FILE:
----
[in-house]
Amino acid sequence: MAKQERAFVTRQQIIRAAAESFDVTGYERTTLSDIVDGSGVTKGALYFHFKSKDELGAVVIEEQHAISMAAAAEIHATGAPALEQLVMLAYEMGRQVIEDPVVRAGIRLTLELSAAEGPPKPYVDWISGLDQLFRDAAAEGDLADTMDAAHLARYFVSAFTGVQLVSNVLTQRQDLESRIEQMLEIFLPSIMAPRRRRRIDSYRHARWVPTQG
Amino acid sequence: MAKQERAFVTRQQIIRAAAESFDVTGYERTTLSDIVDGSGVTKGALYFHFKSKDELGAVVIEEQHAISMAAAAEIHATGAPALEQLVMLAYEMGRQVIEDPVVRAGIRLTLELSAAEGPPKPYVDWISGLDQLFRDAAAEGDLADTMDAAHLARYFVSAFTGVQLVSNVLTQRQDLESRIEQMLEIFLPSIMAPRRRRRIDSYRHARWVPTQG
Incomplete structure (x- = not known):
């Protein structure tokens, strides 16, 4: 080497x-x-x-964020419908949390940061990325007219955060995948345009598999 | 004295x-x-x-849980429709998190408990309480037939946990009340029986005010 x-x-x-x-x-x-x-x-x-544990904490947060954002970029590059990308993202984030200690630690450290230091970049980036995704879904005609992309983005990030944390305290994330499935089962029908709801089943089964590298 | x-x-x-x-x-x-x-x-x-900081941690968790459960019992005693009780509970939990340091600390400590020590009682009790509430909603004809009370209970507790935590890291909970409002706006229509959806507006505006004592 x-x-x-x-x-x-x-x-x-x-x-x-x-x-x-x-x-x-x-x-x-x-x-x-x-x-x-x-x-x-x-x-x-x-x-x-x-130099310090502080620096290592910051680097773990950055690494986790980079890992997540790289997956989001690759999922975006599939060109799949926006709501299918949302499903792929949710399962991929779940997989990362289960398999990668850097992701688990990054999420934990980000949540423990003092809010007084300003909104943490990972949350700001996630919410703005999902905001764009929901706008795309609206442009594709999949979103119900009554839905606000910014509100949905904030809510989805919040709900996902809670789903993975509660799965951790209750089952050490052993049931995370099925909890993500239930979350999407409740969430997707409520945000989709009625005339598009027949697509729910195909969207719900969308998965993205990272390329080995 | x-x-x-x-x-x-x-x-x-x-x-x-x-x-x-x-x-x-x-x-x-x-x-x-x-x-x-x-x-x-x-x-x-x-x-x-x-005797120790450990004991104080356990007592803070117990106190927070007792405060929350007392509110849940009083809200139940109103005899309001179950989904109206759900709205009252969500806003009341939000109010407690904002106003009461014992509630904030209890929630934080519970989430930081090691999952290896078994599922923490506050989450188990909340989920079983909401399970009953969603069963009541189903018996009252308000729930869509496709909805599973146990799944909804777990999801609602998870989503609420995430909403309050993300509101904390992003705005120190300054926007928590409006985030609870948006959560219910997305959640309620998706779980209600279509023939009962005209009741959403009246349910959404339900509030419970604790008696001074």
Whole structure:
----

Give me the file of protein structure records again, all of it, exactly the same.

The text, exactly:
[in-house]
Amino acid sequence: MAKQERAFVTRQQIIRAAAESFDVTGYERTTLSDIVDGSGVTKGALYFHFKSKDELGAVVIEEQHAISMAAAAEIHATGAPALEQLVMLAYEMGRQVIEDPVVRAGIRLTLELSAAEGPPKPYVDWISGLDQLFRDAAAEGDLADTMDAAHLARYFVSAFTGVQLVSNVLTQRQDLESRIEQMLEIFLPSIMAPRRRRRIDSYRHARWVPTQG
Amino acid sequence: MAKQERAFVTRQQIIRAAAESFDVTGYERTTLSDIVDGSGVTKGALYFHFKSKDELGAVVIEEQHAISMAAAAEIHATGAPALEQLVMLAYEMGRQVIEDPVVRAGIRLTLELSAAEGPPKPYVDWISGLDQLFRDAAAEGDLADTMDAAHLARYFVSAFTGVQLVSNVLTQRQDLESRIEQMLEIFLPSIMAPRRRRRIDSYRHARWVPTQG
Incomplete structure (x- = not known):
């Protein structure tokens, strides 16, 4: 080497x-x-x-964020419908949390940061990325007219955060995948345009598999 | 004295x-x-x-849980429709998190408990309480037939946990009340029986005010 x-x-x-x-x-x-x-x-x-544990904490947060954002970029590059990308993202984030200690630690450290230091970049980036995704879904005609992309983005990030944390305290994330499935089962029908709801089943089964590298 | x-x-x-x-x-x-x-x-x-900081941690968790459960019992005693009780509970939990340091600390400590020590009682009790509430909603004809009370209970507790935590890291909970409002706006229509959806507006505006004592 x-x-x-x-x-x-x-x-x-x-x-x-x-x-x-x-x-x-x-x-x-x-x-x-x-x-x-x-x-x-x-x-x-x-x-x-x-130099310090502080620096290592910051680097773990950055690494986790980079890992997540790289997956989001690759999922975006599939060109799949926006709501299918949302499903792929949710399962991929779940997989990362289960398999990668850097992701688990990054999420934990980000949540423990003092809010007084300003909104943490990972949350700001996630919410703005999902905001764009929901706008795309609206442009594709999949979103119900009554839905606000910014509100949905904030809510989805919040709900996902809670789903993975509660799965951790209750089952050490052993049931995370099925909890993500239930979350999407409740969430997707409520945000989709009625005339598009027949697509729910195909969207719900969308998965993205990272390329080995 | x-x-x-x-x-x-x-x-x-x-x-x-x-x-x-x-x-x-x-x-x-x-x-x-x-x-x-x-x-x-x-x-x-x-x-x-x-005797120790450990004991104080356990007592803070117990106190927070007792405060929350007392509110849940009083809200139940109103005899309001179950989904109206759900709205009252969500806003009341939000109010407690904002106003009461014992509630904030209890929630934080519970989430930081090691999952290896078994599922923490506050989450188990909340989920079983909401399970009953969603069963009541189903018996009252308000729930869509496709909805599973146990799944909804777990999801609602998870989503609420995430909403309050993300509101904390992003705005120190300054926007928590409006985030609870948006959560219910997305959640309620998706779980209600279509023939009962005209009741959403009246349910959404339900509030419970604790008696001074």
Whole structure: